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# Title Case a Sentence - JavaScript Solution & Walkthrough

## (11/16) Learn how to solve coding challenges using FreeCodeCamp's curriculum.

Benjamin Semah
Â·Apr 11, 2022Â·

• 11/16 Title Case a Sentence
• Understanding the Challenge
• Pseudocode
• Solving the Challenge
• Final Solution
• Congratulations!

## 11/16 Title Case a Sentence

Return the provided string with the first letter of each word capitalized. Make sure the rest of the word is in lower case.

For the purpose of this exercise, you should also capitalize connecting words like `the` and `of`.

``````function titleCase(str) {
return str;
}

titleCase("I'm a little tea pot");
``````

Credit: FreeCodeCamp.org

## Understanding the Challenge

The "Title Case a Sentence" challenge requires that you write a function that takes a string as an argument and return the string with the first letter of each word capitalized.

For example, the string "I love JavaScript." should return "I Love Javascript."

You are also informed to make sure that the rest of the word is in lowercase. So in the example, note that JavaScript was returned as Javascript. The (S) in the initial string was converted to lowercase (s).

## Pseudocode

``````Given a string
Convert the string to lowercase
split the string to an array of the individual words
capitalize the first letter of each word
join the string
return the resulting string.
``````

## Solving the Challenge

First, we will convert the string to lower case. Let's save the result to a variable called `lowerCase`

``````cosnt lowerCase = str.toLowerCase();
console.log(lowerCase) // i'm a little tea pot
``````

The next step is to split the string. We want to get an array of the individual words. Therefore, we will pass space `" "` as an argument to the `.split(" ")` method. Let's save this to a variable called `splitString`

``````const splitString = lowerCase.split(" ");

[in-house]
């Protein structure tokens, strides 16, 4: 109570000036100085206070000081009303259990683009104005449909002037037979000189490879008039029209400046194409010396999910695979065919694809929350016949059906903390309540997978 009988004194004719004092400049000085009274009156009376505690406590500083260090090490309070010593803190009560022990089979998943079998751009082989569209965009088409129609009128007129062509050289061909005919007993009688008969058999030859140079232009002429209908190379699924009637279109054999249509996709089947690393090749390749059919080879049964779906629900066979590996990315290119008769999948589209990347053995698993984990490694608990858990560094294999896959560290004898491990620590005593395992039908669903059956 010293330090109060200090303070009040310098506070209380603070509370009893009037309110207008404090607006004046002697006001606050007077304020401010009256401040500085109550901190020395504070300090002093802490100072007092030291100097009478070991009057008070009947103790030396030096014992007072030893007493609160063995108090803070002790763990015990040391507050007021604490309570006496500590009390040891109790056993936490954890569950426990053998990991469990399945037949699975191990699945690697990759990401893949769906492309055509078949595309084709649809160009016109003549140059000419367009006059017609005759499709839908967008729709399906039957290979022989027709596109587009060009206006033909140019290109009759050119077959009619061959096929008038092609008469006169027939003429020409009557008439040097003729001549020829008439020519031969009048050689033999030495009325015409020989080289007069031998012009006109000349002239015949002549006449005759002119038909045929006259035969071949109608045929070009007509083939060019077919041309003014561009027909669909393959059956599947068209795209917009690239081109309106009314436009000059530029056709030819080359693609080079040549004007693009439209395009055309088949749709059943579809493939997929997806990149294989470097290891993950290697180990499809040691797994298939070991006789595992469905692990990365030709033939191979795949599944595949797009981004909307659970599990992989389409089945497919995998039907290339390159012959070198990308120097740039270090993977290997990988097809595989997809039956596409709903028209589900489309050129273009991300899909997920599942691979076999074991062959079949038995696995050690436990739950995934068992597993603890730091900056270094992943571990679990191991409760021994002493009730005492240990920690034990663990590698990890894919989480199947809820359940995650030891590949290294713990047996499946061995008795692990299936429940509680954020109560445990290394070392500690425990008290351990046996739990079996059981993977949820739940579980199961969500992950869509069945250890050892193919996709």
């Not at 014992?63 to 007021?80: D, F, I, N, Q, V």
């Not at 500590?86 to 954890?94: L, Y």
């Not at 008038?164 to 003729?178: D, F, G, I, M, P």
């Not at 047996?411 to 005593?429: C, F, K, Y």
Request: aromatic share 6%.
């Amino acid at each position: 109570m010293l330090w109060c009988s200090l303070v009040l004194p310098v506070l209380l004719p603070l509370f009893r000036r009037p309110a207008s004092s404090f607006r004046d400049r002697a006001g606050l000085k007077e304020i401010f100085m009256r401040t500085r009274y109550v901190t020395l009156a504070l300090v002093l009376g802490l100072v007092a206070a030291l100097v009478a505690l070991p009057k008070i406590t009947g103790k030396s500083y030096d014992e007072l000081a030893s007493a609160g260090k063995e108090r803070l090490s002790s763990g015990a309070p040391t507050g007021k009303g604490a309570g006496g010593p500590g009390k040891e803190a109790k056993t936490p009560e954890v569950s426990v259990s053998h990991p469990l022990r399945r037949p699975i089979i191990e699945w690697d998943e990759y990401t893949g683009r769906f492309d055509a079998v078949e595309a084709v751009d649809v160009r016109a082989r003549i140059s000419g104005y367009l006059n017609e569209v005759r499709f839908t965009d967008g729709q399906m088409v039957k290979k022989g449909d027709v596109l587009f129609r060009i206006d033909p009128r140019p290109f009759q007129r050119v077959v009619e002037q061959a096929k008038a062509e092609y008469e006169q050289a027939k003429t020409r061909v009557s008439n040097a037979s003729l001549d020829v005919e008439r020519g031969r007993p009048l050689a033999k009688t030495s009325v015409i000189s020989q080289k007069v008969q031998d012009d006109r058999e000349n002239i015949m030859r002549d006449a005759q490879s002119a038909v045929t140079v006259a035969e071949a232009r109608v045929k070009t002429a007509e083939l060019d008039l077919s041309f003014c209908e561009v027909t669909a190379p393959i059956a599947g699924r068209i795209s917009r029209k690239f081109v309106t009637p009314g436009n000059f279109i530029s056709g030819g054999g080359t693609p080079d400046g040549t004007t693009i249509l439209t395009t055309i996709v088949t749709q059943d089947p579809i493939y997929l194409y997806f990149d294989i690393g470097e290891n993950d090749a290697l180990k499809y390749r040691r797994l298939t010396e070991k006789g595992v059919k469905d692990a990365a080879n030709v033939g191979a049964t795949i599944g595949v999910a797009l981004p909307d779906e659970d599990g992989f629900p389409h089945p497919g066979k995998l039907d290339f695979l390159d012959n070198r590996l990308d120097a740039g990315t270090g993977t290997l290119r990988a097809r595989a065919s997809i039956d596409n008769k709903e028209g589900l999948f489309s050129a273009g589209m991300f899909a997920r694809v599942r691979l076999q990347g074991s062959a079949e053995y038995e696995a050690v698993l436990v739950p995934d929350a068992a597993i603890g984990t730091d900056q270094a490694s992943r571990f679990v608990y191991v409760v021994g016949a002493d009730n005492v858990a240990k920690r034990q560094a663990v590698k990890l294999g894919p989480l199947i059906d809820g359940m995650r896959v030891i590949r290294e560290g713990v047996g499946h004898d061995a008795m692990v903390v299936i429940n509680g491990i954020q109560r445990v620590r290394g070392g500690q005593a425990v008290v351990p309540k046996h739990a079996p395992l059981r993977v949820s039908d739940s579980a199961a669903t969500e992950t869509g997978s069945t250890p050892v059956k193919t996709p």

console.log(splitString) // [ 'i\'m', 'a', 'little', 'tea', 'pot' ]
``````

Now, we can use the `.map()` method to loop through the array of the individual words.

``````const capitalizeFirst = splitString.map(word => {
return word[0].toUpperCase() + word.substring(1, word.length)
})
``````

For each `word`, we are doing two things.

``````word[0].toUpperCase()
``````

First we are converting the first letter to upper case.

``````word.substring(1, word.length)
``````

And secondly, we are concatenating it to the remaining letters in the string. The `.substring()` is what is helping us get the remaining letters. It extracts parts of a string using the first argument as starting point and the second arguments as end point.

In this case, the start point is index 1 and the end poing is `word.length` which is the end of the string. Thus, it is going to extract all the remaining letters of the word without the first letter.

Finally we join the string. Note that we're passing `" "` as an argument to the `.join(" ")` method.

``````const finalString = capitalizeFirst.join(" ")
``````

Our function is now complete!

## Final Solution

``````function titleCase(str) {
const lowerCase = str.toLowerCase();
const splitString = lowerCase.split(' ');
const capitalizeFirst = splitString.map(word => {
return word[0].toUpperCase() + word.substring(1, word.length)
})

const finalString = capitalizeFirst.join(' ')
return finalString;
}

titleCase("I'm a little tea pot"); // I'm A Little Tea Pot
``````

## Congratulations!

You just cracked the 11th challenge in this series.

Cheers and happy coding!

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